Government Executive is a Washington-based publication whose target audience is high-level officials in federal and state government.
Implementing new technologies to increase efficiency while also managing the data coming from contractors and subcontractors are two of the biggest problems facing federal agencies and managers charged with distributing billions of stimulus dollars to shovel-ready construction projects, Government Executive reported.
"I've seen a lot of innovation, I've seen a lot of creativity, and I've also seen how our political leadership has, in some cases, sort of squashed a lot of that innovative drive among government personnel," said Heller. "It's to the point where I think that some of the agencies are suffering from a form of battered wife syndrome and now they're being asked to make a U-turn and become change agents. It's a huge emotional shift."
Heller emphasized that agencies are not entirely opposed to incorporating new technologies and practices. She said government has taken the lead in adopting new visualization software like building information modeling which uses three-dimensional, real-time modeling as opposed to architectural CAD drawings.
"When used effectively, building information modeling is a huge cost saver," said Heller, saving as much as 20 percent on construction costs and delivering projects up to 15 percent ahead of schedule.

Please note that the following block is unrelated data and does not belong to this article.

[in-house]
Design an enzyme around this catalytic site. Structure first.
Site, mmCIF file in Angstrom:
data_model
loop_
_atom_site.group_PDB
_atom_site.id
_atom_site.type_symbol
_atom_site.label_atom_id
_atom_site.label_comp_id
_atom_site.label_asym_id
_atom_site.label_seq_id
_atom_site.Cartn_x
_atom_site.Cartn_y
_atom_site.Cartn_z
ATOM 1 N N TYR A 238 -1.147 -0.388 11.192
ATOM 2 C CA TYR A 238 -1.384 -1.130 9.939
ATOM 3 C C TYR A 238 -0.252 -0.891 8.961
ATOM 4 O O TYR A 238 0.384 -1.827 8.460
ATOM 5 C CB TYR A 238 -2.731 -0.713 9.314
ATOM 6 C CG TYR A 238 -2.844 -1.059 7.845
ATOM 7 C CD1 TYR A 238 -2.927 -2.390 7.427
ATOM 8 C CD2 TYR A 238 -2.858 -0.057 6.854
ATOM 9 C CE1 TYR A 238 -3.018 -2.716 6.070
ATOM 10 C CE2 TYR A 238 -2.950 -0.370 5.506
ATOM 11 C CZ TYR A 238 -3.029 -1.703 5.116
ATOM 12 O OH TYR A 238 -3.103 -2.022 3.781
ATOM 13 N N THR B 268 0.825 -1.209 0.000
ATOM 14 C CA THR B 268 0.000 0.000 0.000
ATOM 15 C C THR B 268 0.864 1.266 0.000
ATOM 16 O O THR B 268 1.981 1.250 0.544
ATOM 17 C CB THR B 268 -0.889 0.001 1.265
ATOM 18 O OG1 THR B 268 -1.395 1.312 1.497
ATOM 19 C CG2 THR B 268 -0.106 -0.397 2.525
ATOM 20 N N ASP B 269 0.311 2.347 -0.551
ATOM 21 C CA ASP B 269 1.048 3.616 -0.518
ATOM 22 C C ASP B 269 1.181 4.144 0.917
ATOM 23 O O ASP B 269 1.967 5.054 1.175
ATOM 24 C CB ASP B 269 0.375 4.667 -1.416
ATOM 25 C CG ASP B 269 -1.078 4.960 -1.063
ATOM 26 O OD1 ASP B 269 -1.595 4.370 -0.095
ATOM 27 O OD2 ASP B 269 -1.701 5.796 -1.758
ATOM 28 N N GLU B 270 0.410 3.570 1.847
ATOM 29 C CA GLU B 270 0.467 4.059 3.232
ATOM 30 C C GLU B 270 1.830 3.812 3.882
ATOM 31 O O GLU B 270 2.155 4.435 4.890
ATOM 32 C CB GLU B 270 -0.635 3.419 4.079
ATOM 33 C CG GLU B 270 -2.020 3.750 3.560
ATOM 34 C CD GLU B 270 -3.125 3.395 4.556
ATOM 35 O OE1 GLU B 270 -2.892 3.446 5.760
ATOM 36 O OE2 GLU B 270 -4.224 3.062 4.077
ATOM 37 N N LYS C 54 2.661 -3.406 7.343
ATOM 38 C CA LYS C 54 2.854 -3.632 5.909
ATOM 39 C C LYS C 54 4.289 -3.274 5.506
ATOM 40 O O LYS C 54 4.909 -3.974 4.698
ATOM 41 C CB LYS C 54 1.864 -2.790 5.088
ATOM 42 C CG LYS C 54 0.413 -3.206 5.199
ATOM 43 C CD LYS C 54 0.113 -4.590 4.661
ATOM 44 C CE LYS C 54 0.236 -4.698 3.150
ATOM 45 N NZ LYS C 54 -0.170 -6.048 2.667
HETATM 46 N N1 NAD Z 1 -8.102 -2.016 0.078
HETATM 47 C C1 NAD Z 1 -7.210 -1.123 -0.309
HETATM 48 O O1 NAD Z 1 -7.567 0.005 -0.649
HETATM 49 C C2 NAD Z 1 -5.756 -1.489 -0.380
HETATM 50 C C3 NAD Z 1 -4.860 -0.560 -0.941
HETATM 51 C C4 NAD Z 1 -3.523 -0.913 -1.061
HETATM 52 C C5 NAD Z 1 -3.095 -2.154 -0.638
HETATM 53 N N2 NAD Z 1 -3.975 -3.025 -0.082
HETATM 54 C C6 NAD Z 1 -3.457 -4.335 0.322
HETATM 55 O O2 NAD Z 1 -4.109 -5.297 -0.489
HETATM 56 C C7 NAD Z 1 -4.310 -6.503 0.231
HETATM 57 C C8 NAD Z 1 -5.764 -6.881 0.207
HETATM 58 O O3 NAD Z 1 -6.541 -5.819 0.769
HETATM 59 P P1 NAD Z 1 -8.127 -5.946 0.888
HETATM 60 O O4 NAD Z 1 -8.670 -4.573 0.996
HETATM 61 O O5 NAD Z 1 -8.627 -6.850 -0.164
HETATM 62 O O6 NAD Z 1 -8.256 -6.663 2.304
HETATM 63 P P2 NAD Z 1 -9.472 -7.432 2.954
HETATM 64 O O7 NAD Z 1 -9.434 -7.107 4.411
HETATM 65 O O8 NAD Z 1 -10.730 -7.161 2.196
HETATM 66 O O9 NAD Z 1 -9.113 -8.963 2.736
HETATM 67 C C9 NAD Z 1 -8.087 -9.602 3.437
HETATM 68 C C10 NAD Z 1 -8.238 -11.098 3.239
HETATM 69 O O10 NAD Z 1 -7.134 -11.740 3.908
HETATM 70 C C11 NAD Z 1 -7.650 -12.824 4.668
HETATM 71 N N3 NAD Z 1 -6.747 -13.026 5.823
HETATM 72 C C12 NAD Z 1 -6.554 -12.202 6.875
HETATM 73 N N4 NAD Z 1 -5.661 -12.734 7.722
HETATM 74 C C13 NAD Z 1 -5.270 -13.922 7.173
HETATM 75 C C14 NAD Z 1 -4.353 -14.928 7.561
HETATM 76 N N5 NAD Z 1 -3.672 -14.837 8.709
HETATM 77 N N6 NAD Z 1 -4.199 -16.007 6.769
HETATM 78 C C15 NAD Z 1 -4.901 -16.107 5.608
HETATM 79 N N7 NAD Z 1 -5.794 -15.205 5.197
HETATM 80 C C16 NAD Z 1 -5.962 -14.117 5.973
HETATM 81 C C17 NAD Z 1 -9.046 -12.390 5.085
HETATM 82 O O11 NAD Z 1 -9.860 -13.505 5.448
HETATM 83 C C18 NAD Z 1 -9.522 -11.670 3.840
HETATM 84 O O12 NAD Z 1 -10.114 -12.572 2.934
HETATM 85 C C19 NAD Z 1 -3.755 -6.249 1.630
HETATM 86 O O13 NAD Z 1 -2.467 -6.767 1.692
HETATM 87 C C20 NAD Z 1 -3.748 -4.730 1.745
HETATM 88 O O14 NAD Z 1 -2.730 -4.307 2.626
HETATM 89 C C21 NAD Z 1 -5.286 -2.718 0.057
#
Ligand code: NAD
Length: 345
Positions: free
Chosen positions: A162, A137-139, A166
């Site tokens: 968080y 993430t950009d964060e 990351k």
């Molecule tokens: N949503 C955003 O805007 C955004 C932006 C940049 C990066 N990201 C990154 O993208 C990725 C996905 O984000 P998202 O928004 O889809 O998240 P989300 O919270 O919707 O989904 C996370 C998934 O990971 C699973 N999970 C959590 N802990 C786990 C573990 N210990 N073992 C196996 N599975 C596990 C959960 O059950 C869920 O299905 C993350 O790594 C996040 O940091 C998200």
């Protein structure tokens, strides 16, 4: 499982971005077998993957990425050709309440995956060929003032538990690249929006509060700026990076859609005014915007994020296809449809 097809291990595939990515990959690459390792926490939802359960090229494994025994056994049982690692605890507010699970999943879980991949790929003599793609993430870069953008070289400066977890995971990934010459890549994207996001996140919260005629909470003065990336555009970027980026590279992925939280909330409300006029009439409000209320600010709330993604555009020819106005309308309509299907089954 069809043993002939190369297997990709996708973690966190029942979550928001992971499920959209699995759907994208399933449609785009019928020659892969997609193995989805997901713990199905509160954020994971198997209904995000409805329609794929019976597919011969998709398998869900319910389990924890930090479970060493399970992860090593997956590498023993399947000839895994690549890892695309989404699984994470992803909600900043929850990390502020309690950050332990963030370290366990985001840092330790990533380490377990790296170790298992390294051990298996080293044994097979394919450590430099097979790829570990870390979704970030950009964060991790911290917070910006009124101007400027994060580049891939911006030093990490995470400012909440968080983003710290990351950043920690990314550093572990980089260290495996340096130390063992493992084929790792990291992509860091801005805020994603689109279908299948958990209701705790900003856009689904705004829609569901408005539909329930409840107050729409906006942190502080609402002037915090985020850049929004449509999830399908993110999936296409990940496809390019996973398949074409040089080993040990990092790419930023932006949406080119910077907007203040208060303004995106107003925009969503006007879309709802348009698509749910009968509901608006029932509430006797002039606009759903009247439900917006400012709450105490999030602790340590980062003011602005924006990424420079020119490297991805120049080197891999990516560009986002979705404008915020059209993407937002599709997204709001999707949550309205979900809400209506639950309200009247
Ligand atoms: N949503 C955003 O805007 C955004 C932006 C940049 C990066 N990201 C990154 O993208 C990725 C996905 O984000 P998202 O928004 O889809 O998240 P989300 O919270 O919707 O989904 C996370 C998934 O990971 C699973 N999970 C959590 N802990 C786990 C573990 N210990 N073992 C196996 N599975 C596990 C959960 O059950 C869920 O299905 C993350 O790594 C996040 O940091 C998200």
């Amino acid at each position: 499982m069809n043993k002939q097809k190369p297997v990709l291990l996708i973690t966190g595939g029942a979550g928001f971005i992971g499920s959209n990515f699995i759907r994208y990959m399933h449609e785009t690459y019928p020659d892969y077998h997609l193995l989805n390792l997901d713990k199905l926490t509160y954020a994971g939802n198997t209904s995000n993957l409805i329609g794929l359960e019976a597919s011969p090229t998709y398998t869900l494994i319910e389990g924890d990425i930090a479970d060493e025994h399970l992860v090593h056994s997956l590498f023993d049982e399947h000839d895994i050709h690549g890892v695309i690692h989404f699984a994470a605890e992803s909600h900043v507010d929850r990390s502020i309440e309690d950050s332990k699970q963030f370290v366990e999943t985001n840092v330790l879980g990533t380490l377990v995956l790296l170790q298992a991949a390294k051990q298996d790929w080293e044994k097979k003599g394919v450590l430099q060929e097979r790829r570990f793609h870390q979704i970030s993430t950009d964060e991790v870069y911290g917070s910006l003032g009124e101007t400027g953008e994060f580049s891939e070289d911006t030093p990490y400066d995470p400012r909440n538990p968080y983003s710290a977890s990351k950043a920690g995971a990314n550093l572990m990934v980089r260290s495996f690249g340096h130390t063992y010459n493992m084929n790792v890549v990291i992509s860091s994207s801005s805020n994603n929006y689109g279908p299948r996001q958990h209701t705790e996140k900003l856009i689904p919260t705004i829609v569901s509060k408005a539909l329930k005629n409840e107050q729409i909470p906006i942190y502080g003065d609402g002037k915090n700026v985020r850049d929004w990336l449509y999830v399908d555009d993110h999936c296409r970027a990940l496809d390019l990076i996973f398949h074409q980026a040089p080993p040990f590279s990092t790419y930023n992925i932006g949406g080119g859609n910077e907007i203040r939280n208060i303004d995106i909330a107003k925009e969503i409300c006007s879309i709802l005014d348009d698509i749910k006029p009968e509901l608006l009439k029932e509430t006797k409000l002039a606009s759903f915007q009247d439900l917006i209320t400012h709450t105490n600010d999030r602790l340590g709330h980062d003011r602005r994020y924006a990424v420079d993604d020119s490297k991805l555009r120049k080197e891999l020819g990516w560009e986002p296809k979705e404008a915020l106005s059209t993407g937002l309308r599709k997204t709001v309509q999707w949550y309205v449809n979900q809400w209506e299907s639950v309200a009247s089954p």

Management may prove a bigger issue, Heller cautioned. Adopting new technologies and overseeing construction projects requires government personnel to understand the "odd" construction industry culture, she said, which consists of predominantly small businesses. Major infrastructure programs bring hundreds of the small businesses together in temporary arrangements, she added.
"It's a project-based industry with no central management," said Heller. "Groups of companies come together to do a project -- they may never work together again -- and then they go their own ways. The idea of applying management protocols or accountability across the whole process, that's not in anybody's job description."
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Design + Construction Strategies drives innovation across the built environment, enabling clients to leverage technology, streamline management and improve business processes to enhance operations. Clients include government agencies, businesses and institutions.
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